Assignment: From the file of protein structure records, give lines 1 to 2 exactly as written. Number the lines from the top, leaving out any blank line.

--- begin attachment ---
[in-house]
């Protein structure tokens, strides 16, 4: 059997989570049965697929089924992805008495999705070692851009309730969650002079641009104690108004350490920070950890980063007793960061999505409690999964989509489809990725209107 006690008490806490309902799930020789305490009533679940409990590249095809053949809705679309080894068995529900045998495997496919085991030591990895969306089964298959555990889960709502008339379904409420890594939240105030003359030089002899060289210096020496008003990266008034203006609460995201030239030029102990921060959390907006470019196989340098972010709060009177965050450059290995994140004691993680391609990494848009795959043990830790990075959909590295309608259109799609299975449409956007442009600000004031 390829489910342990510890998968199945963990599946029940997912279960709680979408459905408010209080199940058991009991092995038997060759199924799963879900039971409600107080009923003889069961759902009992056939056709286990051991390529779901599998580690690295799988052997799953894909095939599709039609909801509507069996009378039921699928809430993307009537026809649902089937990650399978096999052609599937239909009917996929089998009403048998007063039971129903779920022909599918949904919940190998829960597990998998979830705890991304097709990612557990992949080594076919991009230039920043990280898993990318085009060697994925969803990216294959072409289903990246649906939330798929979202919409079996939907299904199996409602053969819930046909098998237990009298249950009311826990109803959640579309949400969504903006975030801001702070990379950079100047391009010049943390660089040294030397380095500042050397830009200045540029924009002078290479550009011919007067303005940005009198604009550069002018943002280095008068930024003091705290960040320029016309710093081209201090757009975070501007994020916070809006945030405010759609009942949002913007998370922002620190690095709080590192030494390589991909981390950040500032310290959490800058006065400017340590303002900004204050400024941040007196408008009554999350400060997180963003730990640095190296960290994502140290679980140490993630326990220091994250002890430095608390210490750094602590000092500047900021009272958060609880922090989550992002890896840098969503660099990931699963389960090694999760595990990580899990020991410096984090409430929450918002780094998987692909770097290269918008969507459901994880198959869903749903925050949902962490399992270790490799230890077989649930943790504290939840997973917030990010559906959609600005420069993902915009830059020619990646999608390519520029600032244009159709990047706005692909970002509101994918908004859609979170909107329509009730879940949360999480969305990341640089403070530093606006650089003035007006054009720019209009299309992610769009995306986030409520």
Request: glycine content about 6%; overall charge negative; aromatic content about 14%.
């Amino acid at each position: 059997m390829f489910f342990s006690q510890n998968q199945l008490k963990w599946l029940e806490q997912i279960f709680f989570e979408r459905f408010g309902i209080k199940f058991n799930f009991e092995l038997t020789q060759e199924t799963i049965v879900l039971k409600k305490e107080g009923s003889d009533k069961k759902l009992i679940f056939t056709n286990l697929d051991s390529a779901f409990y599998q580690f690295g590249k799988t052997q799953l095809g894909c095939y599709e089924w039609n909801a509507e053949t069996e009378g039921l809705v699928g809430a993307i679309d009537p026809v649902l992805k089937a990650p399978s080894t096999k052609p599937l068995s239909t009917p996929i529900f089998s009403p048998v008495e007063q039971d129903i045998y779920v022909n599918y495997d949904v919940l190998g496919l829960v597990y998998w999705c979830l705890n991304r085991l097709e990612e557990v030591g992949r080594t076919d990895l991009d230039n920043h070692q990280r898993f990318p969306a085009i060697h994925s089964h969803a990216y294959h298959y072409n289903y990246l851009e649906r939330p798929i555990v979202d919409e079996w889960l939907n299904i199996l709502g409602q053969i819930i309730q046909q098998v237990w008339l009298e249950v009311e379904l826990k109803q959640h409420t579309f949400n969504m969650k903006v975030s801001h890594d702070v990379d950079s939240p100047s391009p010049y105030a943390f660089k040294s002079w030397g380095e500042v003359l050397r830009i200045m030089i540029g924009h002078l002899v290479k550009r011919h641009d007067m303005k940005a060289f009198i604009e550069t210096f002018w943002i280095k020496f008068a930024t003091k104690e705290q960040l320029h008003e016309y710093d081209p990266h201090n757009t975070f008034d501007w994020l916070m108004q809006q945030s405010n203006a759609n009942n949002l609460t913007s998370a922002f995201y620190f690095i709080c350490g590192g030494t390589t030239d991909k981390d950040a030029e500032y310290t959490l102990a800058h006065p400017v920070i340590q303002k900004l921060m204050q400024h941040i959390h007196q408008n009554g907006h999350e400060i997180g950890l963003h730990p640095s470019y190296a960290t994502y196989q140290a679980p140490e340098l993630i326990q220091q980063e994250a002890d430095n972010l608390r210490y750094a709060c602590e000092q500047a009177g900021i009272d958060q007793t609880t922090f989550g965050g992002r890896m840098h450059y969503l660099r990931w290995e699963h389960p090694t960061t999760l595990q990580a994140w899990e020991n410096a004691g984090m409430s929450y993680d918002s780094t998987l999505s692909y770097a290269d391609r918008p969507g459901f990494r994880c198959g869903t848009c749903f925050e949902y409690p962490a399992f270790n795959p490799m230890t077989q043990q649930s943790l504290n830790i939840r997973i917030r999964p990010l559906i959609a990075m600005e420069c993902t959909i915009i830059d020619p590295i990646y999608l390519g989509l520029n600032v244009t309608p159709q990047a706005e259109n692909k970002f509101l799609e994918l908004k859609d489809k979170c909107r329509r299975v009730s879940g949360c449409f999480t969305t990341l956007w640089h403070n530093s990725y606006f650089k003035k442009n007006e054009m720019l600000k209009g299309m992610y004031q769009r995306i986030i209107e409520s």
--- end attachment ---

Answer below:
[in-house]
């Protein structure tokens, strides 16, 4: 059997989570049965697929089924992805008495999705070692851009309730969650002079641009104690108004350490920070950890980063007793960061999505409690999964989509489809990725209107 006690008490806490309902799930020789305490009533679940409990590249095809053949809705679309080894068995529900045998495997496919085991030591990895969306089964298959555990889960709502008339379904409420890594939240105030003359030089002899060289210096020496008003990266008034203006609460995201030239030029102990921060959390907006470019196989340098972010709060009177965050450059290995994140004691993680391609990494848009795959043990830790990075959909590295309608259109799609299975449409956007442009600000004031 390829489910342990510890998968199945963990599946029940997912279960709680979408459905408010209080199940058991009991092995038997060759199924799963879900039971409600107080009923003889069961759902009992056939056709286990051991390529779901599998580690690295799988052997799953894909095939599709039609909801509507069996009378039921699928809430993307009537026809649902089937990650399978096999052609599937239909009917996929089998009403048998007063039971129903779920022909599918949904919940190998829960597990998998979830705890991304097709990612557990992949080594076919991009230039920043990280898993990318085009060697994925969803990216294959072409289903990246649906939330798929979202919409079996939907299904199996409602053969819930046909098998237990009298249950009311826990109803959640579309949400969504903006975030801001702070990379950079100047391009010049943390660089040294030397380095500042050397830009200045540029924009002078290479550009011919007067303005940005009198604009550069002018943002280095008068930024003091705290960040320029016309710093081209201090757009975070501007994020916070809006945030405010759609009942949002913007998370922002620190690095709080590192030494390589991909981390950040500032310290959490800058006065400017340590303002900004204050400024941040007196408008009554999350400060997180963003730990640095190296960290994502140290679980140490993630326990220091994250002890430095608390210490750094602590000092500047900021009272958060609880922090989550992002890896840098969503660099990931699963389960090694999760595990990580899990020991410096984090409430929450918002780094998987692909770097290269918008969507459901994880198959869903749903925050949902962490399992270790490799230890077989649930943790504290939840997973917030990010559906959609600005420069993902915009830059020619990646999608390519520029600032244009159709990047706005692909970002509101994918908004859609979170909107329509009730879940949360999480969305990341640089403070530093606006650089003035007006054009720019209009299309992610769009995306986030409520």